June 10, 2011
By Dan Namowitz
AOPA submitted comments supporting the FAA’s proposed revision of an airworthiness directive (AD) on some Piper twins to eliminate a required inspection of the nose baggage door compartment interior light from the AD’s provisions.
Members can submit their own comments until July 5 on the proposed revision of AD 2009–13–06, Amendment 39–15944, applicable to Piper PA–23, PA–31, and PA–42 twins. The AD established life limits for safety-critical nose baggage door components, and required replacement of safety-critical nose baggage door components. It ordered repetitive inspection and lubrication of the nose baggage door latching mechanism and lock assembly. It was issued following several incidents and accidents in which the in-flight opening of the nose baggage door was listed as a causal factor.
AOPA reported May 25 that the FAA had proposed eliminating inspection of the baggage door compartment interior light because the light did not “impact the unsafe condition” for which the AD was issued. All other provisions of the AD would remain in effect.
“Removing this requirement does not impact safety yet relieves some of the burden the AD imposes on aircraft owners,” wrote Kristine Hartzell, AOPA manager of regulatory affairs, in formal comments submitted June 9. “AOPA is glad to see the FAA making this type of commonsense revision and encourages this type of review of other existing ADs.”
Comments may be submitted by July 5 online, by fax (202/493-2251), or by mail to U.S. Department of Transportation, Docket Operations, M–30, West Building Ground Floor Room W12–140, 1200 New Jersey Avenue SE, Washington, DC 20590.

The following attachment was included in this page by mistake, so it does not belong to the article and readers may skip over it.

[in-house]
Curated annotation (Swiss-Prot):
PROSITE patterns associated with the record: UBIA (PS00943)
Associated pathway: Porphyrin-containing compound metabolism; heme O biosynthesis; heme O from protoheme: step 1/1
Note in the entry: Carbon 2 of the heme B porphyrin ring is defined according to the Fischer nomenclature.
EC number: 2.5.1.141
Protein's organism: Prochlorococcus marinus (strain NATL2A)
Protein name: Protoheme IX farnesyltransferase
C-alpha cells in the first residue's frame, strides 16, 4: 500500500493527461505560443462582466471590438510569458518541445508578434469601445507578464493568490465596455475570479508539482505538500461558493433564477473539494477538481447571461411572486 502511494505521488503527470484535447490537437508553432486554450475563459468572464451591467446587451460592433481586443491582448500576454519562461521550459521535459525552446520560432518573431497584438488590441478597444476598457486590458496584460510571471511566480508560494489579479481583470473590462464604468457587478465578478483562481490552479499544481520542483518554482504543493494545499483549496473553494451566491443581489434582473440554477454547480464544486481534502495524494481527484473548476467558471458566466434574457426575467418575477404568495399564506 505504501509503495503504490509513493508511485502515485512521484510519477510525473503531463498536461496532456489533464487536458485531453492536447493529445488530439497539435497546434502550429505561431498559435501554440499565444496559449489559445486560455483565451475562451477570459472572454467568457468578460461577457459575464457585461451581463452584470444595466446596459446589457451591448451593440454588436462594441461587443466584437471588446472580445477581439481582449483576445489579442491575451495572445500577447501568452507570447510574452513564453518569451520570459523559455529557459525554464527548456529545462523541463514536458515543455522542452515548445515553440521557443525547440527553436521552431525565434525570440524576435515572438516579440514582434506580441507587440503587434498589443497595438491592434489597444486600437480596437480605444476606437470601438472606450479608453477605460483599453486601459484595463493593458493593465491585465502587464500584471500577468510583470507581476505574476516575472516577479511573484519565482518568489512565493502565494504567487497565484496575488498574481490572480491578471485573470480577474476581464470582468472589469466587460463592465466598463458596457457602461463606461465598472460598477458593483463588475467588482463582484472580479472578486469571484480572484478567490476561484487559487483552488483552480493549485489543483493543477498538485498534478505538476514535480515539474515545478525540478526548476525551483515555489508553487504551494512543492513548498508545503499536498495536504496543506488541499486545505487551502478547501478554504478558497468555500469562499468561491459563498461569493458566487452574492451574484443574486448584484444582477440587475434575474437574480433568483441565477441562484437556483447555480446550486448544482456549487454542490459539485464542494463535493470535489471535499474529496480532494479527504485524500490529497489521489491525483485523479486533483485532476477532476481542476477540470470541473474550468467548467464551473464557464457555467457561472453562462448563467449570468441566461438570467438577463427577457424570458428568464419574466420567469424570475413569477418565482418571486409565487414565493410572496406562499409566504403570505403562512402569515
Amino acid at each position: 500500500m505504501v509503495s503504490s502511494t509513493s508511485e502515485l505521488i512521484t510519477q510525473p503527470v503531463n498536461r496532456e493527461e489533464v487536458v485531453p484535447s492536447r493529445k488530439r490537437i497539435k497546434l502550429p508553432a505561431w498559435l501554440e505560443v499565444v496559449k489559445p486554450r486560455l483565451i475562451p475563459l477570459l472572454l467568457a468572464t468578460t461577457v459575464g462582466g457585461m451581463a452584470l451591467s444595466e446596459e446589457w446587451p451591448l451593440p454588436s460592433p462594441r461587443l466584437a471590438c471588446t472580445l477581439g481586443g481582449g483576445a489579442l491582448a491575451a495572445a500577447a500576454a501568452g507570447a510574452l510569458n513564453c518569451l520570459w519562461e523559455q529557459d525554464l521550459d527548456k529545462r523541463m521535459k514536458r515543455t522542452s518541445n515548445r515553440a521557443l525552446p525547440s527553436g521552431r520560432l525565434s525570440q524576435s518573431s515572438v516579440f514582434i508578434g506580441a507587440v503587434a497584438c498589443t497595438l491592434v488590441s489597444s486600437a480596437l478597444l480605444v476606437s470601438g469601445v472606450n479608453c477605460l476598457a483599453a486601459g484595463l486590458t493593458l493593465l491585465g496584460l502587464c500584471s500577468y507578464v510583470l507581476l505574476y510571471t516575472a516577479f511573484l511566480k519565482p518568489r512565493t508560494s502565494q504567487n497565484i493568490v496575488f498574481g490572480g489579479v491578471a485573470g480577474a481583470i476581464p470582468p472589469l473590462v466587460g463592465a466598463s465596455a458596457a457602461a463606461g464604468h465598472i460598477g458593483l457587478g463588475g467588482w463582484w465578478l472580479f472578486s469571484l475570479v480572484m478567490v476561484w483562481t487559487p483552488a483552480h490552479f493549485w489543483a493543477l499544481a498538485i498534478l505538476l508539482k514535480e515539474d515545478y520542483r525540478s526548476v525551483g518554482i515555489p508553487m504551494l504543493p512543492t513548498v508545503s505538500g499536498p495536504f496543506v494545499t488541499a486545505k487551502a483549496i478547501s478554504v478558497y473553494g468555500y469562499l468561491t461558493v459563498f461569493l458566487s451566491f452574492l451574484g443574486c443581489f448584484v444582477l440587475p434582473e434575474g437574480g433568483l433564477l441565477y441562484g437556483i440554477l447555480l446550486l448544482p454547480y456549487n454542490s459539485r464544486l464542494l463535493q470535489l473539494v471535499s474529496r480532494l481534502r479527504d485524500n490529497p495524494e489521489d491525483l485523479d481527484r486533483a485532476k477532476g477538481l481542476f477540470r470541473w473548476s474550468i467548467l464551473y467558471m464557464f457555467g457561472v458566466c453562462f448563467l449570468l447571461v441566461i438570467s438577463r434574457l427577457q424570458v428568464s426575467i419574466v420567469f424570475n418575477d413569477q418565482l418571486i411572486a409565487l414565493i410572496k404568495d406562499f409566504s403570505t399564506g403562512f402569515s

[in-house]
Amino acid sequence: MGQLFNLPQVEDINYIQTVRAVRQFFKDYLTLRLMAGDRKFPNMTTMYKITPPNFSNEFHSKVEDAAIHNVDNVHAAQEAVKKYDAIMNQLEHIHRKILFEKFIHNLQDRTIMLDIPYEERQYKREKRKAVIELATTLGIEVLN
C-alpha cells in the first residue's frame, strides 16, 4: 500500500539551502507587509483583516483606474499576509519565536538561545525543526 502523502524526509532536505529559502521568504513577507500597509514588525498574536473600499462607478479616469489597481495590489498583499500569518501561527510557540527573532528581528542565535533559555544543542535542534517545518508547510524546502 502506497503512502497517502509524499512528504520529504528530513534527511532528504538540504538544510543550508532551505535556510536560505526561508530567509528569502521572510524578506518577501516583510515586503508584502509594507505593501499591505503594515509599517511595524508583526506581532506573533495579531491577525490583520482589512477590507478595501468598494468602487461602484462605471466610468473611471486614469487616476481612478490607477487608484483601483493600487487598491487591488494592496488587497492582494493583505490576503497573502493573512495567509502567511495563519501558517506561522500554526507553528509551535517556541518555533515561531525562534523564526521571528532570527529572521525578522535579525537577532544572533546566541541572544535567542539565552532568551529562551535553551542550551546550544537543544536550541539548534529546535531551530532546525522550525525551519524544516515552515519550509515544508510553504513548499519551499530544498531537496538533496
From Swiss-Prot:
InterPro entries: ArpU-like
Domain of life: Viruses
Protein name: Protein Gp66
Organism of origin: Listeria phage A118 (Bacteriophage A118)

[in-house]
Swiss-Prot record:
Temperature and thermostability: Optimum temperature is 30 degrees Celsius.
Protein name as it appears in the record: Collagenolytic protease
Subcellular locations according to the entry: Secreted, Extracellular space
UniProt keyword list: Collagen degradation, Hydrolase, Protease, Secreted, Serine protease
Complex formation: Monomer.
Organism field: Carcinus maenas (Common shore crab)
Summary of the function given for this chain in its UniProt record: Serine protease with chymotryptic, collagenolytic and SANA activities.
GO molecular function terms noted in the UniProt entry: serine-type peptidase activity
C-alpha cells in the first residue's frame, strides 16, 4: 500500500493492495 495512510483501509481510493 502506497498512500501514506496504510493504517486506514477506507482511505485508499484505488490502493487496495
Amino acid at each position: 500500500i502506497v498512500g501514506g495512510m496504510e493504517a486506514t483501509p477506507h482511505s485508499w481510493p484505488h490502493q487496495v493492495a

Dan Namowitz is an aviation writer and flight instructor. He has been a pilot since 1985 and an instructor since 1990.
As the cold weather chills AOPA’s Headquarters in Frederick, many of us are inside generating new resources for flying clubs.
In my house, every Friday night is “Movie Night.” While the movies are rarely educational (I don’t think I learned anything from the Lego Movie), we look forward to the weekly opportunity to spend time together. Why not use the same concept for your Flying Club (with the addition of education, of course)?
AOPA Flying Club Manager Kelby Ferwerda posted the following on the AOPA Flying Club Facebook Page: “Recently I’ve talked with quite a few Flying Clubs about maintaining social activity through the cold winter months. Some clubs host Holliday Parties, others have Potluck Movie Nights. What does your club do to keep members involved during the chilly months?”
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